In some embodiments, the first SiGe layer 111 has a germanium content that is less than the germanium content of the compressively strained third SiGe layer 301, and the second SiGe layer 121 has a germanium content that is greater than the germanium content of the tensile strained fourth SiGe layer 302. In other embodiments, the germanium content of the tensile strained fourth SiGe layer 302 and the compressively strained third SiGe layer 301 is less than the germanium content of the second SiGe layer 121 and greater than the germanium content of the first SiGe layer 111.

In some embodiments, the third SiGe layer 111 has at least 1% compressive strain. In other embodiments, the third SiGe layer 301 has about 0.5 to about 2% compressive strain. Yet, in other embodiments, the fourth SiGe layer 302 has at least 1% compressive strain. Still yet, in other embodiments, the fourth SiGe layer has about 0.5 to about 2% compressive strain.

To ensure that the third SiGe layer 301 and the fourth SiGe layer 302 are strained, the thickness of each of the layers is grown to a thickness than is less than the critical thickness, or the thickness at which the strained layer relaxes. In some embodiments, the thickness of the third SiGe layer 301 and the fourth SiGe layer 302 is in a range from about 10 to about 50 nm.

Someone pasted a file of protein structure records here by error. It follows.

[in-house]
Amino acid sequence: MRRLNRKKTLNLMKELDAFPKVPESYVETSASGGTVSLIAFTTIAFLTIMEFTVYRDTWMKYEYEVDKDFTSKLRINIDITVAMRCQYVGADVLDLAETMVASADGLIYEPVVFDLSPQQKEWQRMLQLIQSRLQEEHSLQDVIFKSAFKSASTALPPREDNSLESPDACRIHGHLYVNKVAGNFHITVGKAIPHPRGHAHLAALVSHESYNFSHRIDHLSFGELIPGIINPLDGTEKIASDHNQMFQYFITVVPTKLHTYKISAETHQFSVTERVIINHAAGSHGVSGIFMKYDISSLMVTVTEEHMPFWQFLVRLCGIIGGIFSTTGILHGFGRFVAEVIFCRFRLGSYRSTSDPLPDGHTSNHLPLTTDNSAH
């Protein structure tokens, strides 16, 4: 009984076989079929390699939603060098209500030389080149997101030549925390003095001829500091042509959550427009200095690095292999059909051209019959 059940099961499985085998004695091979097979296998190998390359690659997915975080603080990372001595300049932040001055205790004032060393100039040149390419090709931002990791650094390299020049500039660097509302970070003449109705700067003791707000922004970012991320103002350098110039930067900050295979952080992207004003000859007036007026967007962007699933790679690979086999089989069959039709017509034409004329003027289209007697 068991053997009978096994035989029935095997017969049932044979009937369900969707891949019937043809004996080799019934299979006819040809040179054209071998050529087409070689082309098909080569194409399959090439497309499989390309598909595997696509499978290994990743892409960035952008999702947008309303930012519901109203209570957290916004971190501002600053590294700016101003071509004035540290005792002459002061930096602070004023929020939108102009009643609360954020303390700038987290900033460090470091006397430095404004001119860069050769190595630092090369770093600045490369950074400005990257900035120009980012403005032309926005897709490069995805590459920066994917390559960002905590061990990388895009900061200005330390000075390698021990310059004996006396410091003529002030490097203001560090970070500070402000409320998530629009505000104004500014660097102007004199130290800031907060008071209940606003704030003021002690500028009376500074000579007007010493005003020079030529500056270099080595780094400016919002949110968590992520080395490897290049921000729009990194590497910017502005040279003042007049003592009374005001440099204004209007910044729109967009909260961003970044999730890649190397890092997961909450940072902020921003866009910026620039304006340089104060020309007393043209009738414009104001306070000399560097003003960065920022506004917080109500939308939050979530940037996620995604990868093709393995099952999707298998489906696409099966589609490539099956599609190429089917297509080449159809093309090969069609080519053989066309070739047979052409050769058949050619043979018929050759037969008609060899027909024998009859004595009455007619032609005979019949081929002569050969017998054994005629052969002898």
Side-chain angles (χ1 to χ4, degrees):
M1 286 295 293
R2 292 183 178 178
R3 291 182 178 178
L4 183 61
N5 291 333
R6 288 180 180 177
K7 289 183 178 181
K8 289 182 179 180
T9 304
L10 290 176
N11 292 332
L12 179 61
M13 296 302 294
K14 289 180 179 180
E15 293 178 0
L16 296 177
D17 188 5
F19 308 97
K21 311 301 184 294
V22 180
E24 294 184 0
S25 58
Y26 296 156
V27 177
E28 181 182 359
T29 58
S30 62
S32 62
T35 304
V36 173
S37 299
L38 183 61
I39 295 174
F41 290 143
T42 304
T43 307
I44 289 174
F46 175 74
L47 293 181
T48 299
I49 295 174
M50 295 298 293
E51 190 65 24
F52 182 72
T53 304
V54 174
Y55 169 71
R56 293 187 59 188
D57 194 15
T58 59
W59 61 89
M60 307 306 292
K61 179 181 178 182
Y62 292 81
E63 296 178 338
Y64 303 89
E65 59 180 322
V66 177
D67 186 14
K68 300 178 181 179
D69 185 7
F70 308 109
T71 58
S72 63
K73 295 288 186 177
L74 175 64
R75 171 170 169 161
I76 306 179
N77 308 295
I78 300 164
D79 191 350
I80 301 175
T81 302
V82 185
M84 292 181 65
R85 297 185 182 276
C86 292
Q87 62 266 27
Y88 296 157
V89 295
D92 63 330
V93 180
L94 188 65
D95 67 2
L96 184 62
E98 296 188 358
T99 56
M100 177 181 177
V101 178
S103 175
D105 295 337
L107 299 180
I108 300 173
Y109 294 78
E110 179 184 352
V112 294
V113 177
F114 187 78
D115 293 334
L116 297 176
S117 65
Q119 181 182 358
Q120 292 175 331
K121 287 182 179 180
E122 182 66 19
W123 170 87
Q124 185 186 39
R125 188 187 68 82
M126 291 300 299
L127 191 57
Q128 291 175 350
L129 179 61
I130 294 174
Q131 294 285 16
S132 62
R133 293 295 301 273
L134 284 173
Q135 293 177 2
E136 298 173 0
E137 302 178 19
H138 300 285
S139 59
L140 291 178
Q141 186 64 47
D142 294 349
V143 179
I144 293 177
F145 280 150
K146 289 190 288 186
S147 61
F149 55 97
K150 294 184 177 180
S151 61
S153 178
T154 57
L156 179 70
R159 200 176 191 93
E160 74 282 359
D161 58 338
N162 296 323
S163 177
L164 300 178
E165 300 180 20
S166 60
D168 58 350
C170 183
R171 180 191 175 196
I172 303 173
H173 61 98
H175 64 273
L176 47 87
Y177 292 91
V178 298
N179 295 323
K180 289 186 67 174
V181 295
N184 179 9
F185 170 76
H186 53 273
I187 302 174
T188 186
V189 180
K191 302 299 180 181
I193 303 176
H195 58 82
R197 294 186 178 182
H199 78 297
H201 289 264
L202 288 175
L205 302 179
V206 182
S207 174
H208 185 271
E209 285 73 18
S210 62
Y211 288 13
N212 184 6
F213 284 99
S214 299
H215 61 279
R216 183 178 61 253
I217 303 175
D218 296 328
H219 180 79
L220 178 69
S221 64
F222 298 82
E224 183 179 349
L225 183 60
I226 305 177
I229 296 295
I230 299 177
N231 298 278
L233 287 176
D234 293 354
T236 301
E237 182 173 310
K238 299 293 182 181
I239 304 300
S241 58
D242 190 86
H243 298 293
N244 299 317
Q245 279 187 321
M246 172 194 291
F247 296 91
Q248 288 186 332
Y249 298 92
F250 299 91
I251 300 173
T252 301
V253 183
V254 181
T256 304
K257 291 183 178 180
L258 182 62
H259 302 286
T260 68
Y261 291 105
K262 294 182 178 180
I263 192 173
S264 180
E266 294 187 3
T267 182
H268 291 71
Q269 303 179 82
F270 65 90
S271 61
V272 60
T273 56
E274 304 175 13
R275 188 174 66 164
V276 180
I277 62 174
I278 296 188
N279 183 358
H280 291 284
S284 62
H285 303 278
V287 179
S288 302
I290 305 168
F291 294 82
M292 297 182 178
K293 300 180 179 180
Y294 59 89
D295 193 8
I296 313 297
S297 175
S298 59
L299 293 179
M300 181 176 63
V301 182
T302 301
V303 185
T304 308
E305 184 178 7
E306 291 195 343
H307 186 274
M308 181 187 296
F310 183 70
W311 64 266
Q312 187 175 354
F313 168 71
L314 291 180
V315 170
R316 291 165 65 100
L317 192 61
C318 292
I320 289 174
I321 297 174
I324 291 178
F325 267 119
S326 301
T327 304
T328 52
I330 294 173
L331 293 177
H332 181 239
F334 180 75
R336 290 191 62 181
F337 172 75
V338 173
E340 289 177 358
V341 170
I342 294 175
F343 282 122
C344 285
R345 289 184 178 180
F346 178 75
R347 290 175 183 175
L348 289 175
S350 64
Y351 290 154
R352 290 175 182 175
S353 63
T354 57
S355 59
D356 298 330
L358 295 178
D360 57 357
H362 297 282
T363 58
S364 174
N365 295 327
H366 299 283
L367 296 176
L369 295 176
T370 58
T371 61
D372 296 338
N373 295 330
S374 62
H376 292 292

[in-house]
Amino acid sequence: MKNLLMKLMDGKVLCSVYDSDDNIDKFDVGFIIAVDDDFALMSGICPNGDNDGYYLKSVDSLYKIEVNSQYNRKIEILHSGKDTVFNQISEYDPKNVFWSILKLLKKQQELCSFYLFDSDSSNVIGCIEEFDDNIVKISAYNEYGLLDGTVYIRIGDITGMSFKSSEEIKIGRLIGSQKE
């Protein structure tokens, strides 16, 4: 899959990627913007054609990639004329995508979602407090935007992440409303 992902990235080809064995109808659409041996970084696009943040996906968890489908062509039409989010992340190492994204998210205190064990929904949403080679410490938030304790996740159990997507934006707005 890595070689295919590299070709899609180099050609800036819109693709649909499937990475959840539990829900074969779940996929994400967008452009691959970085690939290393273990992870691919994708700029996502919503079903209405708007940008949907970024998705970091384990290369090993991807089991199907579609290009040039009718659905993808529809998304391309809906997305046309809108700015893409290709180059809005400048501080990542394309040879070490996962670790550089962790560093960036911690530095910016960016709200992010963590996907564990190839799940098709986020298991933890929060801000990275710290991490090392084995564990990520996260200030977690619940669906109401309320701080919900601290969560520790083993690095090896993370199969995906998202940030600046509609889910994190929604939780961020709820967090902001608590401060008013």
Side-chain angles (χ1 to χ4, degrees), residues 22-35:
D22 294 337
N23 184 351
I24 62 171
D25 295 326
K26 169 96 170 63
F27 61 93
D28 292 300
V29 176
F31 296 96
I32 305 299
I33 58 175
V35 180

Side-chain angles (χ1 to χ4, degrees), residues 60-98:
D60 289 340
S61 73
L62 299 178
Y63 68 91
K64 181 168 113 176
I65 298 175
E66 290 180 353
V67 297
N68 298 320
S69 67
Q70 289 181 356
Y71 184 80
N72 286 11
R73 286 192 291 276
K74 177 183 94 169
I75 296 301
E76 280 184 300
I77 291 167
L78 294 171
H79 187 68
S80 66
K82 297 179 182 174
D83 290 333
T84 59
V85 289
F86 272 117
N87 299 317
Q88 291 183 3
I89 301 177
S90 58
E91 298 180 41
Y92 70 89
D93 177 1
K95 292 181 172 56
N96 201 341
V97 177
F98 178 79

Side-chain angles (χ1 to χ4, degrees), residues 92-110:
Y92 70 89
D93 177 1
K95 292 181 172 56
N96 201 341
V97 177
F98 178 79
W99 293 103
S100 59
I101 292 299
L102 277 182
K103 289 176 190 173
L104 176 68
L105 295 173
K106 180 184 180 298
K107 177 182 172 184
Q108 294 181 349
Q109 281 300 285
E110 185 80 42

FIG. 3A is a cross-sectional side view after patterning fins in the third SiGe layer 301 and the fourth SiGe layer 302. FIG. 3B is a top view of FIG. 3A. The fins 401 of the first transistor 103 are patterned through the third SiGe layer 301 and the first SiGe layer 111, stopping on the buried dielectric layer 110. The fins 402 of the second transistor are patterned through the fourth SiGe layer 302 and the second SiGe layer 121, stopping on the buried dielectric layer 110. The fin formation patterning does not affect the strain state of the active fin regions, defined by the third SiGe layer 301 and the fourth SiGe layer 302. The fins 401 and fins 402 may be patterned by, for example, sidewall imaging transfer (SIT).

FIG. 4A is a cross-sectional side view after depositing a dielectric material 501 between the fins 401 of the first transistor 103 and between the fins 402 of the second transistor 104. FIG. 4B is a top view of FIG. 5A.